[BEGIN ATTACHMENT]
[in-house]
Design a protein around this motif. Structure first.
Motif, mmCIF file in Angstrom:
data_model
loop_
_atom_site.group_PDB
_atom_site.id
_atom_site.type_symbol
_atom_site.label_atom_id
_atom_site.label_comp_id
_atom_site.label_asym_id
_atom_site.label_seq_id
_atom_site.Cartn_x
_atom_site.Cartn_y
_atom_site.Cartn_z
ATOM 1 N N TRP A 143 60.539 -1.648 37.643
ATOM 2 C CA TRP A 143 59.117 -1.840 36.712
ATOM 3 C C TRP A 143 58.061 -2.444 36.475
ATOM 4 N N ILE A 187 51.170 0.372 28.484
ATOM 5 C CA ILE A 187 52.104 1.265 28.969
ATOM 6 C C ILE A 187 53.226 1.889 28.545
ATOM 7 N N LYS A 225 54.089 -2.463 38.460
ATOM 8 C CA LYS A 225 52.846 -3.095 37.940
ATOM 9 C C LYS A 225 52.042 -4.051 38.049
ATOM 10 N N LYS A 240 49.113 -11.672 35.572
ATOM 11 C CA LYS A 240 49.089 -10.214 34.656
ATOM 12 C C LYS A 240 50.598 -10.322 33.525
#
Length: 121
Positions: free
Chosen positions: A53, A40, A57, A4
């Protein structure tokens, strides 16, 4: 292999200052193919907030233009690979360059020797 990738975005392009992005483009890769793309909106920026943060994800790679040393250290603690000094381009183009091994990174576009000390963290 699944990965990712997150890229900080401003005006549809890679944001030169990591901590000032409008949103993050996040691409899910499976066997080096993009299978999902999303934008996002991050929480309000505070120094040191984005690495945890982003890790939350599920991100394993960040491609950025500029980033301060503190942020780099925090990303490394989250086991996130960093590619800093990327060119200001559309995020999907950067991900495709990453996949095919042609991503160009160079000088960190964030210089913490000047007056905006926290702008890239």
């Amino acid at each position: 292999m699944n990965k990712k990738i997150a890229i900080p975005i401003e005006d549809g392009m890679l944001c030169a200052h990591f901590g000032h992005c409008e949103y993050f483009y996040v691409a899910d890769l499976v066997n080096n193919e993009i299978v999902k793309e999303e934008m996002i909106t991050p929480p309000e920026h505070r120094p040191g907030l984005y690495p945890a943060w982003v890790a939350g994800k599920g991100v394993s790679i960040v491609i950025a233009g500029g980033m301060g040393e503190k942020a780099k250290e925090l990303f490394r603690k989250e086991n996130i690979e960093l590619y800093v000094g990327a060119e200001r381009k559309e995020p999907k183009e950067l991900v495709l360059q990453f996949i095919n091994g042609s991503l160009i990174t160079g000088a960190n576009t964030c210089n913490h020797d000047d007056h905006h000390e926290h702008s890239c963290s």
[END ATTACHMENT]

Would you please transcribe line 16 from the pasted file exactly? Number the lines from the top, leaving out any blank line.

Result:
ATOM 1 N N TRP A 143 60.539 -1.648 37.643